Fake news, rumours on social media hit Indian firms

Last month, Infibeam Avenues lost 71% of its market value on a single day on account of a fake message on WhatsApp. Photo: Reuters

When FabHotels filed a complaint with the Delhi police and its cyber cell on 28 September alleging three people had spread rumours on social media platforms that the budget hotel chain was cash-strapped and failing to pay suppliers, it highlighted a pattern—of companies being hit by fake news.

Fake news and unsubstantiated rumours on social media have caused significant damage to several companies of late. Last month, online marketplace Infibeam Avenues Ltd lost about 71% of its market value in a single day after a message was circulated on WhatsApp among traders, raising concerns about the e-commerce company’s accounting practices. Infibeam responded by saying it has disclosed “all material information having a bearing on the performance of the company, including all price-sensitive information”.

In July, Kalyan Jewellers filed a plea in Kerala high court, seeking supervision of social media websites, after a fake video about one of the company’s stores being raided went around YouTube.

In reality, a regular inspection was being conducted in the company’s store in Kuwait, which was portrayed as a raid leading to discovery of fake gold.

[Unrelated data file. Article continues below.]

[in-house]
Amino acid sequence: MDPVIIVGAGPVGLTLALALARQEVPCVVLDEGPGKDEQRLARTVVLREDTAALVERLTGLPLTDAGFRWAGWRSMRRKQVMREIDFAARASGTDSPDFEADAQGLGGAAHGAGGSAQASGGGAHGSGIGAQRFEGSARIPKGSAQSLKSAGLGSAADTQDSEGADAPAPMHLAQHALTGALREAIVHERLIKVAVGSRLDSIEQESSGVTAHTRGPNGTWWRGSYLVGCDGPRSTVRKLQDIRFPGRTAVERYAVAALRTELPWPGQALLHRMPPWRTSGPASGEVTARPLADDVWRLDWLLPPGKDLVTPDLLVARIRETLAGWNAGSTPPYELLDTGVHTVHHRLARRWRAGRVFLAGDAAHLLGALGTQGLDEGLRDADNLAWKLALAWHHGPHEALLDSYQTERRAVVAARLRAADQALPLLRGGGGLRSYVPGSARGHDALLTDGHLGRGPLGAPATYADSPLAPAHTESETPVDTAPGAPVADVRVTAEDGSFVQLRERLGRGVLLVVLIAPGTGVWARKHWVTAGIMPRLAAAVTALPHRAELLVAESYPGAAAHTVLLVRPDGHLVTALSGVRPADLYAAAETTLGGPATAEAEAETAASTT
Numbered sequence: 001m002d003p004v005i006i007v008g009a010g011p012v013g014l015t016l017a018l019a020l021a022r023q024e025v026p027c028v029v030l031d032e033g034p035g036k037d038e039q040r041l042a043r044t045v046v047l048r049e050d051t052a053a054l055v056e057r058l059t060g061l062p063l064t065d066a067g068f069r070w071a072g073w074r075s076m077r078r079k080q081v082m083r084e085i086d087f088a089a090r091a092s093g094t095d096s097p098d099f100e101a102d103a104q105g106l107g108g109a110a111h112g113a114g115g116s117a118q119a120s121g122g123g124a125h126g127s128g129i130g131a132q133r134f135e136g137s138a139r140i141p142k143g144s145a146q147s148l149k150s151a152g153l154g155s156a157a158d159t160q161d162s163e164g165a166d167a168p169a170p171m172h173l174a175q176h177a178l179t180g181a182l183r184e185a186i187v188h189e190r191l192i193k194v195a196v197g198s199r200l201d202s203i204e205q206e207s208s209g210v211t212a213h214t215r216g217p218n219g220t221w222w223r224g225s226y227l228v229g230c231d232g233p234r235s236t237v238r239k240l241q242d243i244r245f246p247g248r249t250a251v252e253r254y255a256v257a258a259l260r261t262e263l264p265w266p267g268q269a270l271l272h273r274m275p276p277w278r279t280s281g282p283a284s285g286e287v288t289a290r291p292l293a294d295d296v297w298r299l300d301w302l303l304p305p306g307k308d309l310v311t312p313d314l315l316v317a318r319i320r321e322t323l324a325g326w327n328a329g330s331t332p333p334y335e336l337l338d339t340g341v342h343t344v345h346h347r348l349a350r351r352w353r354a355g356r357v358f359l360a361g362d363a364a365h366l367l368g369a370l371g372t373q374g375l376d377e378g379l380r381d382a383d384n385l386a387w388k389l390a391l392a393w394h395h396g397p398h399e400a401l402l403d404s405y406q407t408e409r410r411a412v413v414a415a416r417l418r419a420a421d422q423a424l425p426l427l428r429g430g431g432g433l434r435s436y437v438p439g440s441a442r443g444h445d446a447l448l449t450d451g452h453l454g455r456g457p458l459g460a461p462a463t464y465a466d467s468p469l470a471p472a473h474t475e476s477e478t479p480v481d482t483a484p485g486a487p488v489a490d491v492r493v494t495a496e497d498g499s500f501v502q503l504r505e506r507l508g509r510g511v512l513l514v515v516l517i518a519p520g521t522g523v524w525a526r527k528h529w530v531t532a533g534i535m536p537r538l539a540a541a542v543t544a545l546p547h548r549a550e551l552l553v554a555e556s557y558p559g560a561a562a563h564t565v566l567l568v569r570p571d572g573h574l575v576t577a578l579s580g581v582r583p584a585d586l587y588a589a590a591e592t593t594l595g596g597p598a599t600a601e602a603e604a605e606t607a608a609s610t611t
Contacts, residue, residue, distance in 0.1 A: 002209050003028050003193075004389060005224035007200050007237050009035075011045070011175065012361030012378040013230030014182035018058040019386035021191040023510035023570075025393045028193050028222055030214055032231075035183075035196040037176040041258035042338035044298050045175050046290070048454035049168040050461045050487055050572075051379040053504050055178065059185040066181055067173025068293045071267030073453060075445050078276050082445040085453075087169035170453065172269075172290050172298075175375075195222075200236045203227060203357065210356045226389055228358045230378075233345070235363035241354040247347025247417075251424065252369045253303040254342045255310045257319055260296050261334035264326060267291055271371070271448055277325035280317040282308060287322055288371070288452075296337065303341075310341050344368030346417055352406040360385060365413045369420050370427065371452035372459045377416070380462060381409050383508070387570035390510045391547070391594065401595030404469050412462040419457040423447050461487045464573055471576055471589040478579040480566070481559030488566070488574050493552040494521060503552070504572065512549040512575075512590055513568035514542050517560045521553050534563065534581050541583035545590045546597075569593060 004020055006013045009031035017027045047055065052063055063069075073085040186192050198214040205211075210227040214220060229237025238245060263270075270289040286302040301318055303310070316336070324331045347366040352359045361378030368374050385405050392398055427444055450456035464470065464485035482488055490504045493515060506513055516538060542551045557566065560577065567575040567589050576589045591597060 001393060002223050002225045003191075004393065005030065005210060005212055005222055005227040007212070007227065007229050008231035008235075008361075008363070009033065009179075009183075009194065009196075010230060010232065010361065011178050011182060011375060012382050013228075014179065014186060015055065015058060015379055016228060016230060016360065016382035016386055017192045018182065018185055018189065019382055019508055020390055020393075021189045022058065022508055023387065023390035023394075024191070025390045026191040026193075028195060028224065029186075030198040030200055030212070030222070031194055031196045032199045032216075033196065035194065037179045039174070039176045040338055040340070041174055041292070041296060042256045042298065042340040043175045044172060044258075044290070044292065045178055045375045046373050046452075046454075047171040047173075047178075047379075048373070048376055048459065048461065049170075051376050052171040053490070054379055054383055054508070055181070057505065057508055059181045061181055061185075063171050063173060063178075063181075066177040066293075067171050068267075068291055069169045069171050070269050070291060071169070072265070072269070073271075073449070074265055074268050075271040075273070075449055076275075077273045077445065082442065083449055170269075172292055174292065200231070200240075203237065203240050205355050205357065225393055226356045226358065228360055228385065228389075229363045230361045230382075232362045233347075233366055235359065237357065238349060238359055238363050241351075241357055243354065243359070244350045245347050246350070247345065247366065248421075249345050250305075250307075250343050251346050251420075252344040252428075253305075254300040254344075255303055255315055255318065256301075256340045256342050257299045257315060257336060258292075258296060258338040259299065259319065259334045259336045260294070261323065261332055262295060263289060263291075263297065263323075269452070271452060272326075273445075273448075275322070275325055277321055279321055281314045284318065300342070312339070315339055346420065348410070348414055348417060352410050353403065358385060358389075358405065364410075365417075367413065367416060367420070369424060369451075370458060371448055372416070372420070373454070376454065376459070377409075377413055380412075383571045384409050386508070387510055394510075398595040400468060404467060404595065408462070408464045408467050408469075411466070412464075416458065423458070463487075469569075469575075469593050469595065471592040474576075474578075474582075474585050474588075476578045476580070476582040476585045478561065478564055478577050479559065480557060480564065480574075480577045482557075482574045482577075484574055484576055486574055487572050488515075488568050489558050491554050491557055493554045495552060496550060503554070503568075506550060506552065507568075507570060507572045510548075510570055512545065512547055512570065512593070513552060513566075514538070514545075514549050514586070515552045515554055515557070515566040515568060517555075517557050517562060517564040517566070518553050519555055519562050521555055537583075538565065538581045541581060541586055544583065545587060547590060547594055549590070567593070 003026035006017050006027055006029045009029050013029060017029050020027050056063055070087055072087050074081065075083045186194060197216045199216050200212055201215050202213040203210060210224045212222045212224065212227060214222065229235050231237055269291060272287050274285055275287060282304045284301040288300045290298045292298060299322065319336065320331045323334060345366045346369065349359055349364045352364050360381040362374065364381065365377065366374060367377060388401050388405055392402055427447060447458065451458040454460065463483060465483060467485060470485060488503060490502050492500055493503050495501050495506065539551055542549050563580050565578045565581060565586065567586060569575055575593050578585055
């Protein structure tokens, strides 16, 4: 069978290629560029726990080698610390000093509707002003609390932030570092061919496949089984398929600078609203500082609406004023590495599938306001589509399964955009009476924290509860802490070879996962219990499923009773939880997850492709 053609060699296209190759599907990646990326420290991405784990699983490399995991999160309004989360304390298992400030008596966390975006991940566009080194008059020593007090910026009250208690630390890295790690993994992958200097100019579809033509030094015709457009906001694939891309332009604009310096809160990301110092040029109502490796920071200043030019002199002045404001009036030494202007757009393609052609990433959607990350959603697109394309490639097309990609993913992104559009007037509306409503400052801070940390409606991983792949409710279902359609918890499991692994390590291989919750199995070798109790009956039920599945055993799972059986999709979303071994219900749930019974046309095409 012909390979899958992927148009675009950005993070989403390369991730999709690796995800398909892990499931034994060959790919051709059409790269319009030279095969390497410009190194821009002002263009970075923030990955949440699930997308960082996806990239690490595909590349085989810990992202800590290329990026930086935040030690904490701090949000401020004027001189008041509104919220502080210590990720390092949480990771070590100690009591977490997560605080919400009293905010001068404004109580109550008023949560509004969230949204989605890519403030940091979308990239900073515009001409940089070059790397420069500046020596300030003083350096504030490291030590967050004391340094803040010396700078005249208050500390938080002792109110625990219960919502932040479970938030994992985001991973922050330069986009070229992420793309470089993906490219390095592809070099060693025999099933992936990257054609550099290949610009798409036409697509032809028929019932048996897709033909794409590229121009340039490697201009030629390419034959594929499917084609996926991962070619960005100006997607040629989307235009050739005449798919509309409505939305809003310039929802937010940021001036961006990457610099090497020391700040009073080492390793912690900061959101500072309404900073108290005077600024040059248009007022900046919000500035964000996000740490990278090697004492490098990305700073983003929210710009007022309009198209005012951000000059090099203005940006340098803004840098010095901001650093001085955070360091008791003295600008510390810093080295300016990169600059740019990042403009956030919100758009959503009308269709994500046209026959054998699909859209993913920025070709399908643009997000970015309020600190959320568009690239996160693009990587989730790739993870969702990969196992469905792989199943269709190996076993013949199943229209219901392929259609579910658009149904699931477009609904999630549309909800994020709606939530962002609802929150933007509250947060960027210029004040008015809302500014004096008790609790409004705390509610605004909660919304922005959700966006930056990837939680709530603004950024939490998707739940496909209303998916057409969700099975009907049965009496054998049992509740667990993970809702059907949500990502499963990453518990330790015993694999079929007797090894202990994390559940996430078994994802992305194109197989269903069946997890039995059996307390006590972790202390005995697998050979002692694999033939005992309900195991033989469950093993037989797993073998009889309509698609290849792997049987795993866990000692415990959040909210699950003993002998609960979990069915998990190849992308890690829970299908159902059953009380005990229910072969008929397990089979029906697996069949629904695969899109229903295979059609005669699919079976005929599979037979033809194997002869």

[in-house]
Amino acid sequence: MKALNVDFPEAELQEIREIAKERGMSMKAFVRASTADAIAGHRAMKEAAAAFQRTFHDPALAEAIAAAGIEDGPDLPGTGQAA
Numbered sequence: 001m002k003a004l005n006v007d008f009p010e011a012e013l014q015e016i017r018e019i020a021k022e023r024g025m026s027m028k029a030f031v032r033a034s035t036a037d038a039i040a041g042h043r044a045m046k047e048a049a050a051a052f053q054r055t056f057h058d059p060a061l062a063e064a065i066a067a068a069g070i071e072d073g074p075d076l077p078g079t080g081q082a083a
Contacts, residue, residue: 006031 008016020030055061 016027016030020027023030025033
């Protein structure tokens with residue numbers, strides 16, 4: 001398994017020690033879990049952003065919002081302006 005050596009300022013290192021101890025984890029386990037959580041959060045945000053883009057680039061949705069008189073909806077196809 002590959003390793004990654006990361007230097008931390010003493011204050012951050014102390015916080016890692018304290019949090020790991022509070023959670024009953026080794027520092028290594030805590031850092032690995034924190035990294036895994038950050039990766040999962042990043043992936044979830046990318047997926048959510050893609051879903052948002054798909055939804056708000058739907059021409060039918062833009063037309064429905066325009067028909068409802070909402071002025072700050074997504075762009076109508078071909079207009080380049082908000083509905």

In the case of FabHotels, the company’s founder Vaibhav Aggarwal said three men posted false rumours on Twitter, Facebook and WhatsApp. These platforms showed what appears to be a screenshot of a website where the story was originally posted, he said in an interview. The website’s address and name are not clearly visible but the screenshot suggests it is called Simply Startups.

The screenshot on social media said the company has not paid its hotel partners their commissions for the past six months. But Aggarwal said this was wrong and that the company has been paying its hotel partners regularly.

Out of the three people the company has filed a complaint against, only one has a Twitter handle. The second person’s Twitter handle and the third’s Facebook account were deactivated as soon as the founders filed a complaint.

FabHotels operates in over 20 cities. “I was shocked when I saw the screenshots across our WhatsApp groups. We issued a statement to all our hotel partners as soon as we found out and 90% of them responded saying that they believe us,” said Aggarwal.

“This is a problem that is becoming aggressive, especially since the number of internet users have increased. Effects can be as massive as market caps are being affected. What companies can do is keep track of what is being discussed about them on social media platforms,”said Satish Meena, a Delhi-based senior analyst at Forrester Research Inc.

[“source=TimeOFIndia”]